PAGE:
The emergence of cybersecurity startups has continued unabated as entrepreneurs vie for corporate customers seeking new technologies to battle ever increasing and innovative attackers.
The expertise of these new companies range from various improvements to encryption products to analyzing the wealth of security-incident data gathered from networks to gear that detects the potentially malicious wireless activity of Internet of Things devices.
Based on the continued interest in these startups from venture capital investors, these companies will continue to proliferate. Here are 10 more security startups we are watching and why.
Funding: $17 million including seed and Series A financing
Leaders: CEO Mike Duffy and CTO Jack Danahy who worked together at BBN and at IBM
Fun fact: The company name is supposed to remind you of a guard dog waking you to intrusions.
Why we’re following it: In the hot endpoint security space, Barkly promises a lightweight agent to gather data – lightweight in its footprint and in its CPU usage. That makes it less intrusive to end users. Given that its founders promise general availability of its first product by the end of the year and that the company has enough funding for two years, Barkly could be a player. Plus its founders have driven other successful startups, notably OpenPages and Ounce Labs, both bought by IBM.
Funding: $9 million from Bessemer Venture Partners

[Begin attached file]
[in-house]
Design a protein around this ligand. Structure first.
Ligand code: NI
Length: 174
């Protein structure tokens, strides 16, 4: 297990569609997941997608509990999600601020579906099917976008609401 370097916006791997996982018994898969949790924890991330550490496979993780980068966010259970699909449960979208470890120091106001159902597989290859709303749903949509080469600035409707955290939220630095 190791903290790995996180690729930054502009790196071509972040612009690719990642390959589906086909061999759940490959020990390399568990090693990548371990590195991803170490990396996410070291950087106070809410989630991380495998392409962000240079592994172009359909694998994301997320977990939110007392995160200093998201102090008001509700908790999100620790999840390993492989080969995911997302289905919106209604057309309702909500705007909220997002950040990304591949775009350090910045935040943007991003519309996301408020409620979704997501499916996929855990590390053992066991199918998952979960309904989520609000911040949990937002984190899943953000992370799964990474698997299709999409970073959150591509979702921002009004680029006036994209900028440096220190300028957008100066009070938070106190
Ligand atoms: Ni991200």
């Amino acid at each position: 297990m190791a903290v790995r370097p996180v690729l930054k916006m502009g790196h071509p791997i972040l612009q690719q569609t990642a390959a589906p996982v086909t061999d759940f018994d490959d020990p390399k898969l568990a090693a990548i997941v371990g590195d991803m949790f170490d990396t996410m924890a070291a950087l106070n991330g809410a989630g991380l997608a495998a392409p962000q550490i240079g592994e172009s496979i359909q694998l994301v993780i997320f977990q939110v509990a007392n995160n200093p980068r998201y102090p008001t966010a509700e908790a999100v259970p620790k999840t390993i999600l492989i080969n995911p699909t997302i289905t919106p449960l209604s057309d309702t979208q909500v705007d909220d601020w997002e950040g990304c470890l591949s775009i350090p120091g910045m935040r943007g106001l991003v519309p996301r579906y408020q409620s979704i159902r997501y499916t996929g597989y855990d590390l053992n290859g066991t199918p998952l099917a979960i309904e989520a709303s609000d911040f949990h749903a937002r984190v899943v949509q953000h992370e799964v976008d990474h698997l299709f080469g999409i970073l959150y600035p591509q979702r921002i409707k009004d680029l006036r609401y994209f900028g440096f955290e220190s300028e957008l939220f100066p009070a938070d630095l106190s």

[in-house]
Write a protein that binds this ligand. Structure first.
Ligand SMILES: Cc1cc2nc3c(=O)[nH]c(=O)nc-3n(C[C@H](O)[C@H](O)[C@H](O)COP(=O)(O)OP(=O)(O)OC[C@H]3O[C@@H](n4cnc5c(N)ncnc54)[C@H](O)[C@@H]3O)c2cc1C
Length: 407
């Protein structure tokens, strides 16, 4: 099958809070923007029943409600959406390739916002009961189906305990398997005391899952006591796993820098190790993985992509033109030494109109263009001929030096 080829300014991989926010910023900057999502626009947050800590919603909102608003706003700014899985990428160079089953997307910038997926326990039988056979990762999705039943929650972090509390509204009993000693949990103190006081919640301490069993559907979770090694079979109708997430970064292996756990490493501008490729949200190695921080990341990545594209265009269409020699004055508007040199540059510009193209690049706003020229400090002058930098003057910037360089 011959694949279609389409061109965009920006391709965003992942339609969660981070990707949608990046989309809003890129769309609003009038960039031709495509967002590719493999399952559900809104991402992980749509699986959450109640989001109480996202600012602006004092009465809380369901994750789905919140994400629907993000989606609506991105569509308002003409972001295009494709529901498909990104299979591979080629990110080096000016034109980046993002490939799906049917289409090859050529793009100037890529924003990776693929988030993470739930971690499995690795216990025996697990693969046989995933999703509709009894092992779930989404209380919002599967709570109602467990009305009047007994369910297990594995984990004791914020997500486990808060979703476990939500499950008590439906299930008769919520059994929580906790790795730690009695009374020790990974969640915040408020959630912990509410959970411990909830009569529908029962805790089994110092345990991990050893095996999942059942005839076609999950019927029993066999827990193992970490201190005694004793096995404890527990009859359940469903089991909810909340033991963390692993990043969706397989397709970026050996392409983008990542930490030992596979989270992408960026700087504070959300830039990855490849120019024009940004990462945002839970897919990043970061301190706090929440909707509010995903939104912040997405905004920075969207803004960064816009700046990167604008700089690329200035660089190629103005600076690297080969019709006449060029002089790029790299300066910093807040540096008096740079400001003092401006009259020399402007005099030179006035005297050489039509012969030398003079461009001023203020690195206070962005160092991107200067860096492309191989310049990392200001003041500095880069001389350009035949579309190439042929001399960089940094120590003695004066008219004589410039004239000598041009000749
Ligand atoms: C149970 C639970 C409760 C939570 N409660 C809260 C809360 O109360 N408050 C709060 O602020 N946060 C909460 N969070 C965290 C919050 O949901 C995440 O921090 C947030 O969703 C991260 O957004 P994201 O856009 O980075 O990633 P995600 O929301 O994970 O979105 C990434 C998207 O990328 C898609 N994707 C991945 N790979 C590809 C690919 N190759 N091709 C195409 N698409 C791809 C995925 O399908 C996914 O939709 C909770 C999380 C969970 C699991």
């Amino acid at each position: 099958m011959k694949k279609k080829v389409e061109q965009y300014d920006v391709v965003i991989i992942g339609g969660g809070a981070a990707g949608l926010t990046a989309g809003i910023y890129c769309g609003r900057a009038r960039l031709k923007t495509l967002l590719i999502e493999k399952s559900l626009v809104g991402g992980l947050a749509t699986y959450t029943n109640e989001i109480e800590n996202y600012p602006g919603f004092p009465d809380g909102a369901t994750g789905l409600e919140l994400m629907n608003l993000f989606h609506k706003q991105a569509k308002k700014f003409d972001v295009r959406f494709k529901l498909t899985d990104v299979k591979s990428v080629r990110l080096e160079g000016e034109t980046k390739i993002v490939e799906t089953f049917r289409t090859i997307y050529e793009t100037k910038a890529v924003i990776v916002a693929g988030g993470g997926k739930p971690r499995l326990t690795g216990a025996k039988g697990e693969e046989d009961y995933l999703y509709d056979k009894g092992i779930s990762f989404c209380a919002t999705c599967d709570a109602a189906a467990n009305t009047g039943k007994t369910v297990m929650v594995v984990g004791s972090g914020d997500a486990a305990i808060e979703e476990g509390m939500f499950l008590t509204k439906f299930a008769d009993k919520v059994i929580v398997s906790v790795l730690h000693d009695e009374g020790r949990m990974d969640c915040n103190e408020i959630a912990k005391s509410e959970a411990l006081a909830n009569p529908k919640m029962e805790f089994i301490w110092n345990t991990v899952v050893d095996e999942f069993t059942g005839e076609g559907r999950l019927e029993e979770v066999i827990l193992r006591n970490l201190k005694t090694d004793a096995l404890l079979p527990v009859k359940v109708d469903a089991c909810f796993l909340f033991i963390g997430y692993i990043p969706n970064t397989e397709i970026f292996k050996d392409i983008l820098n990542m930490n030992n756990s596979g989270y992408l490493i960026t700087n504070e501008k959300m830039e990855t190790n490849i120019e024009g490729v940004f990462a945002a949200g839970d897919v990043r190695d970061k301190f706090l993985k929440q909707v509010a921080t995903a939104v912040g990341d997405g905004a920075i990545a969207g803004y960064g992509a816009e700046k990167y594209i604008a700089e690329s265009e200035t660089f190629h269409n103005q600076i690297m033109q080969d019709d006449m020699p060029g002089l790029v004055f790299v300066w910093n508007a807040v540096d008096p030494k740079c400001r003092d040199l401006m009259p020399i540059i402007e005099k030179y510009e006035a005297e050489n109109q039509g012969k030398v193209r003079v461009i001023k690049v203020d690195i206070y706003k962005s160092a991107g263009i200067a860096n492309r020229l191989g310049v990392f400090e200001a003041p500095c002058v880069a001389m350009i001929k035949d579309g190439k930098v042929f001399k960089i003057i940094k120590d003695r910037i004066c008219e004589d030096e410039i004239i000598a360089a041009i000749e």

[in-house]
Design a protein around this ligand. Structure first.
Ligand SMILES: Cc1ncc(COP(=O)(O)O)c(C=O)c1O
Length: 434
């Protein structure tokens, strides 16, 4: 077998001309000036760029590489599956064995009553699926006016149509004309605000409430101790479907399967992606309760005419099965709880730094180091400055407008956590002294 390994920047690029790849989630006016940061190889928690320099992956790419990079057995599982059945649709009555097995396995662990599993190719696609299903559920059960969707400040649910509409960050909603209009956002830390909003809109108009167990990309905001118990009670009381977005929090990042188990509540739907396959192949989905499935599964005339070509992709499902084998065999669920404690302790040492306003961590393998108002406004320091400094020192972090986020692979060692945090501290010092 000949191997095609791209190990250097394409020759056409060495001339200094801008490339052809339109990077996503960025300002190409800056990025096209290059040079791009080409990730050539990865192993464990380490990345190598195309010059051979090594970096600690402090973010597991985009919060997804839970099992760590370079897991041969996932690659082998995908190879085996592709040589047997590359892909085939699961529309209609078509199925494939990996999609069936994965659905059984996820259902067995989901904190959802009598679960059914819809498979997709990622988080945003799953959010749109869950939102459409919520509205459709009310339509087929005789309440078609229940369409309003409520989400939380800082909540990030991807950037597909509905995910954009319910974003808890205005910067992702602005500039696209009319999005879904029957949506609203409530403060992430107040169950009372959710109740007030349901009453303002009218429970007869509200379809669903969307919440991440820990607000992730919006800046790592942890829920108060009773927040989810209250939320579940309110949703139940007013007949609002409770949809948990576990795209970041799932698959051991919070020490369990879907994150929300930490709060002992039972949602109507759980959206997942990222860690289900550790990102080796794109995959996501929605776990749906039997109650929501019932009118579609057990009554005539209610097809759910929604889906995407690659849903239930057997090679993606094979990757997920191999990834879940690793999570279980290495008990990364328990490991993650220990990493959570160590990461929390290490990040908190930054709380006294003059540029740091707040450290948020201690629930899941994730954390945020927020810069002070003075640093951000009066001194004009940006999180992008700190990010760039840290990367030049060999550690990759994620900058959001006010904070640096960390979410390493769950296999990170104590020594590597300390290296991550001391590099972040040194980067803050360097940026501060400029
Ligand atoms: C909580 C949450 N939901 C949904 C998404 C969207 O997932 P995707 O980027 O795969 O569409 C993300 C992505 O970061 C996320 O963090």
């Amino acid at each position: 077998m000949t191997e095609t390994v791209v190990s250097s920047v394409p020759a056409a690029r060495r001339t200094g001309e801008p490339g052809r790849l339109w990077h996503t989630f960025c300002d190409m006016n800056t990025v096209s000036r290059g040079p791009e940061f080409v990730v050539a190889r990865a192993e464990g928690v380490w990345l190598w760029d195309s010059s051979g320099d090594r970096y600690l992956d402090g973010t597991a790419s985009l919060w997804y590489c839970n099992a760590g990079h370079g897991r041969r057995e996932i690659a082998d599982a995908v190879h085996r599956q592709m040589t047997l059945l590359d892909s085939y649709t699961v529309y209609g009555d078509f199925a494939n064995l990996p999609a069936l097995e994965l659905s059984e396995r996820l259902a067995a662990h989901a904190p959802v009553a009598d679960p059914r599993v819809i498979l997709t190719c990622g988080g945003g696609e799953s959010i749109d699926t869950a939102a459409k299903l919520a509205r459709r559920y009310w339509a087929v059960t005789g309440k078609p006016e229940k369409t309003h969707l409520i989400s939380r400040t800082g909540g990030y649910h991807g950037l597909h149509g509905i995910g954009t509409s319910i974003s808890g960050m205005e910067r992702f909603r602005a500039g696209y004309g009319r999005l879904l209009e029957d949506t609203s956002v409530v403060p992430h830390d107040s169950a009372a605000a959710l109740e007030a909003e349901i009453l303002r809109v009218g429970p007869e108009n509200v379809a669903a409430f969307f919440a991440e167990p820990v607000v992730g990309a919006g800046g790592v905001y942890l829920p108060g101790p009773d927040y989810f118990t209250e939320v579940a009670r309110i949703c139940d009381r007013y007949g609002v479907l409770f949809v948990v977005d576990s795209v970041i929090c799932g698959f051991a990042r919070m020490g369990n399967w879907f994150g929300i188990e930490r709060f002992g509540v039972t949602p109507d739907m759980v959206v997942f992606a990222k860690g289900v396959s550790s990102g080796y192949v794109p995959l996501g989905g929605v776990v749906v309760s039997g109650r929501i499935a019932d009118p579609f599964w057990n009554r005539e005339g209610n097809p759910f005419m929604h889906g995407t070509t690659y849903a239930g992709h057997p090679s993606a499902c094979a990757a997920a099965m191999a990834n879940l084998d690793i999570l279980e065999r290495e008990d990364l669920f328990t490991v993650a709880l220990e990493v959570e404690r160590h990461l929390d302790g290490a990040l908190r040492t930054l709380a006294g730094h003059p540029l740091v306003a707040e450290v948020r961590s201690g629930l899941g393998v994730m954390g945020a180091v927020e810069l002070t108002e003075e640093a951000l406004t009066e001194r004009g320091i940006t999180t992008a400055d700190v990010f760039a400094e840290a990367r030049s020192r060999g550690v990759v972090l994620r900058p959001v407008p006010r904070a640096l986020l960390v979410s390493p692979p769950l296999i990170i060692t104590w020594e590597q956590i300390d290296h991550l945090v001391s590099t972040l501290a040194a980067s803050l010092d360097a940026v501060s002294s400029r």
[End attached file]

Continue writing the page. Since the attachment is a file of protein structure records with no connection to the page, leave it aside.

Leader: Founder and CEO Chris Rouland who also founded End Game
Fun fact: The initial idea for the company stemmed from a system Rouland devised to make pickup time more efficient at schools by mapping children to the unique radio-frequency signatures of their parents’ cars.
Why we’re following it: With the proliferation of wirelessly connected Internet of Things devices inside enterprises, security professionals lack technology to adequately monitor what they are up to or even that they are inside the network. Bastille’s monitoring of corporate airspace for such devices and analysis that reveals when they are acting maliciously is a means to gain that important intelligence and pass it along to existing security tools.
Headquarters: San Jose
Funding: $35 million in two round from Norwest Venture Partners, NEA and SingTel Innov8
Leaders: Founders CEO Nat Kausik, CEO of four startups one bought by Cisco, one by CA, and CTO Anurag Kahol, a Juniper alum
Fun fact: The company ran an experiment to track what happens to stolen credit card data and found that once posted on the Dark Net it was opened more than 1,000 times in 12 days.
Why we’re following it: The company’s patented technology makes it safe to store corporate data in the cloud without degrading the speed at which the data can be searched, a common problem with searching encrypted files. Rather than store the data encrypted in the cloud, it stores an encrypted handle representing the data. When the data needs to be retrieved, the handle is downloaded and the full file is pulled from a database stored securely within the corporate network. This allows a high level of encryption (AES 256) as well as speedy search.